Think About This
Remember when you couldn’t wait for a certain TV show to come on? Or you couldn’t wait to get the new album by your favorite artist? Or you couldn’t wait for someone to get off the phone so you could talk to your friends? These days, it seems like waiting and anticipation are long gone. Movies and tv are on-demand. Downloads are instant. Friends are just a click away.
While these conveniences aren’t bad , the get-it-now mentality can easily drift into other areas of our life. We want a new phone before the contract is up. We want a new iPad, even when the old one works fine . The faster we get something new, the faster we expect to receive other things. Especially for students, it becomes easy to mistake, “I want it now” for “I deserve it now”.
In his blog post, Pace Yourself, Pace Your Kids, author Tim Elmore says,
We must figure out how to pace our students, exposing them to measured amounts of possessions and appropriate experiences as they mature.
In other words, if we give our students everything they want now , there will be nothing to look forward to later. He goes on to offer some advice to parents that are struggling to help their student master the art of anticipating:
Pace the sequence of possessions and experiences, allowing for a bigger and better one, as they mature.
For instance, you might plan…a trip across the U.S. when they’re in middle school and a trip overseas when they’re in high school.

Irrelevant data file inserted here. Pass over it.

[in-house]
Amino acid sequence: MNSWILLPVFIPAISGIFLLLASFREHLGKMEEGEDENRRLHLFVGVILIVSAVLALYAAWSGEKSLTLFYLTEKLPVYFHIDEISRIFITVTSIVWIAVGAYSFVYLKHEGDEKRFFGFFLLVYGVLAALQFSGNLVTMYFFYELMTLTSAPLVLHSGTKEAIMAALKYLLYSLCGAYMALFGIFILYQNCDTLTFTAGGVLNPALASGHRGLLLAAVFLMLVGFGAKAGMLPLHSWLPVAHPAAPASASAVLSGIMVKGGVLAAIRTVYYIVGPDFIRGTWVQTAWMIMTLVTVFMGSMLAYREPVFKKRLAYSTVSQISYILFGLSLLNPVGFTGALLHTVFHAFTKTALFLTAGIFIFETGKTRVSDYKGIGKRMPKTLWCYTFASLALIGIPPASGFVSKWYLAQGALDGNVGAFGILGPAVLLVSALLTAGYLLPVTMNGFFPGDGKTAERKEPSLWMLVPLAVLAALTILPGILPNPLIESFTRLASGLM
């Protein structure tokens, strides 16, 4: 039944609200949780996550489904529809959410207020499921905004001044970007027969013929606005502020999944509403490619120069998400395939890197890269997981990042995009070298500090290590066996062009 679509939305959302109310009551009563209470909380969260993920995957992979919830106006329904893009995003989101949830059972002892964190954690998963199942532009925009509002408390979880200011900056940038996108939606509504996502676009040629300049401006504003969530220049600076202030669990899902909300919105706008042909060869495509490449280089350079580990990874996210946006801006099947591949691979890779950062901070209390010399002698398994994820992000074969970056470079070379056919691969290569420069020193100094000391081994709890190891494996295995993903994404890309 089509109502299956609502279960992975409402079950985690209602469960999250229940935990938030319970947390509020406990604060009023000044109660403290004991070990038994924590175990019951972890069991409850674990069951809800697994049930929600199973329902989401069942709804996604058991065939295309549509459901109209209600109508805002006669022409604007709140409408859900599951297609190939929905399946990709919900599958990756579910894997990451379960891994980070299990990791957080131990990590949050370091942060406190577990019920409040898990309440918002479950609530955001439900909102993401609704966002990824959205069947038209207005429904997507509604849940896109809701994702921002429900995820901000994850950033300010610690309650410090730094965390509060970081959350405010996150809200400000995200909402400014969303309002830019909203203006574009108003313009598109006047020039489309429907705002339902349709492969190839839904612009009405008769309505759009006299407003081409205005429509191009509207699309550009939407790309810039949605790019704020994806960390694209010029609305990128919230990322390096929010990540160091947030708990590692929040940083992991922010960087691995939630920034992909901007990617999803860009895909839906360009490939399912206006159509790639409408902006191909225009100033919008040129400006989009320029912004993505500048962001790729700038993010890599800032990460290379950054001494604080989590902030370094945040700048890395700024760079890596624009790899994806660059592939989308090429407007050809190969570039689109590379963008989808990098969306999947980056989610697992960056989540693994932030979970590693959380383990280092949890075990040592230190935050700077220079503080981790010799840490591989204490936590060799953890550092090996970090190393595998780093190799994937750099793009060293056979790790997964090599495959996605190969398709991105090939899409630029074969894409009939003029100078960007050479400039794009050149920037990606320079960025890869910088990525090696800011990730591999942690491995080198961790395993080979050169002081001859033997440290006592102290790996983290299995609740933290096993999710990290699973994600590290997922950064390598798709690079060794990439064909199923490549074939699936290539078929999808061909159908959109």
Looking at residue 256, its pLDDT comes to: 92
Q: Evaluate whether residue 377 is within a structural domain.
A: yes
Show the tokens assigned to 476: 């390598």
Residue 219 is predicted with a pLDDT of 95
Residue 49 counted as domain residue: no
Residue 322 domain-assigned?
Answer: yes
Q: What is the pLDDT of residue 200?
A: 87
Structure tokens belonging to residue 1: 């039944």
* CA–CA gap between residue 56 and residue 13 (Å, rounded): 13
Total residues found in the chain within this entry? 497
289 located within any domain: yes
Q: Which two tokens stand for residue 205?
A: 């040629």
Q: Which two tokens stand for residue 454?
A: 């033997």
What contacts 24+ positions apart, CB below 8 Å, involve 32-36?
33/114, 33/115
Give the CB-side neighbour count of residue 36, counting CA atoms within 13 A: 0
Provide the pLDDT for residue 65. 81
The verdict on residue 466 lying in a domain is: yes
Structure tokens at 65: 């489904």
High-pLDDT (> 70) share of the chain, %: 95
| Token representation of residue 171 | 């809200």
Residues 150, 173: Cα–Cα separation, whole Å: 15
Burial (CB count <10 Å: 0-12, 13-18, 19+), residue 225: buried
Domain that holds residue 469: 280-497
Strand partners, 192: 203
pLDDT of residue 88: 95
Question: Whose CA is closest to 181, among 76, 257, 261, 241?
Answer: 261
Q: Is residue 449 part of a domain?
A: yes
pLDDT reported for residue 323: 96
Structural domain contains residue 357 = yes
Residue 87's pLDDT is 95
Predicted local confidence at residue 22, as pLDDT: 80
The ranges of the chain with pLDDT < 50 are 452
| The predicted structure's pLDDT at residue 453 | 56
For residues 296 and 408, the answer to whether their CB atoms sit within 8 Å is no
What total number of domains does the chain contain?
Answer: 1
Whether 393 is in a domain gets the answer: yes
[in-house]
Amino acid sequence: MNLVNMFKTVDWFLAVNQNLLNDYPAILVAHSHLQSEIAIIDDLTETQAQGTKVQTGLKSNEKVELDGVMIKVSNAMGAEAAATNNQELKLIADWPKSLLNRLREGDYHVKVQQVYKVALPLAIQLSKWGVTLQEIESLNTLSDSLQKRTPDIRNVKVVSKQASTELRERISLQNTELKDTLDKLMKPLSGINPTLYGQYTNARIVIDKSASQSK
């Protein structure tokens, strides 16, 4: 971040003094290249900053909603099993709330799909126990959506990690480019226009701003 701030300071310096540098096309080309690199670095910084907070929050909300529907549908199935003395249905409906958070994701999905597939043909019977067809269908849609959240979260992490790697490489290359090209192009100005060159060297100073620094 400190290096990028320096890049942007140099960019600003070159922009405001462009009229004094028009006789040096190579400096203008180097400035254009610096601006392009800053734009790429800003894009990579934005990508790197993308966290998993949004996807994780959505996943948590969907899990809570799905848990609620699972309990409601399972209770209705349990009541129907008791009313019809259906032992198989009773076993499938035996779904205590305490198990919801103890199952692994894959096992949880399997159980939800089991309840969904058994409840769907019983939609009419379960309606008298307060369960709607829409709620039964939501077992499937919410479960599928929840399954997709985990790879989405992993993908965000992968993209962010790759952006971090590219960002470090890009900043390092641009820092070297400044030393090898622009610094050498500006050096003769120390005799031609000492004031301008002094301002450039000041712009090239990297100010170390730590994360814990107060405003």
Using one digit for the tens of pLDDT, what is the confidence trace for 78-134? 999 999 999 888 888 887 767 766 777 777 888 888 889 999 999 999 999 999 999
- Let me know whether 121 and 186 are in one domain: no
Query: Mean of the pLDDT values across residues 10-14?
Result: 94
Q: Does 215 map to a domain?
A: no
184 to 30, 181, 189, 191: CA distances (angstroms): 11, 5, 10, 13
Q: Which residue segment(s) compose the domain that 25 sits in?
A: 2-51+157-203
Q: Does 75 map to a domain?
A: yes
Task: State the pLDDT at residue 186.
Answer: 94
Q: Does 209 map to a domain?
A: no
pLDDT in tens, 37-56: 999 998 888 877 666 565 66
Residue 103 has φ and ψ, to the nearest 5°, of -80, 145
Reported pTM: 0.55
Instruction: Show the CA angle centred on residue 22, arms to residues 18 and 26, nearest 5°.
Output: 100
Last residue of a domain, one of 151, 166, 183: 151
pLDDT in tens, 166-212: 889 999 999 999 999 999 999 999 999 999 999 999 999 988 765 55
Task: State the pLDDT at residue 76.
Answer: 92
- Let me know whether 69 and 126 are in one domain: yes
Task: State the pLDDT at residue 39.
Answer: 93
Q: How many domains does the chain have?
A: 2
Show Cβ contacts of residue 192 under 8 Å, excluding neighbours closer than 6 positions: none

- Don’t fall into the trap of comparisons. Other parents may win brownie points with their kids because they give them too much, too soon. Those kids are “wowed” in the moment, … may have difficulty managing expectations as young adults
Pacing what we give our students, allowing anticipation to build, is certainly not easy. However, it does help them learn to be content with what they have, right here and right now.
Nothing can help a student be content with what they have more than noticing what they have. Often, students have no idea how much money goes into everything that is provided for them. Things like electricity, water, clothing, and transportation. Consider inviting your student to join you as you work on the family budget. Not only will it help students to see where money goes on their behalf, but seeing a real budget, in a real house, can help them make wise choices with their own money as they enter adulthood.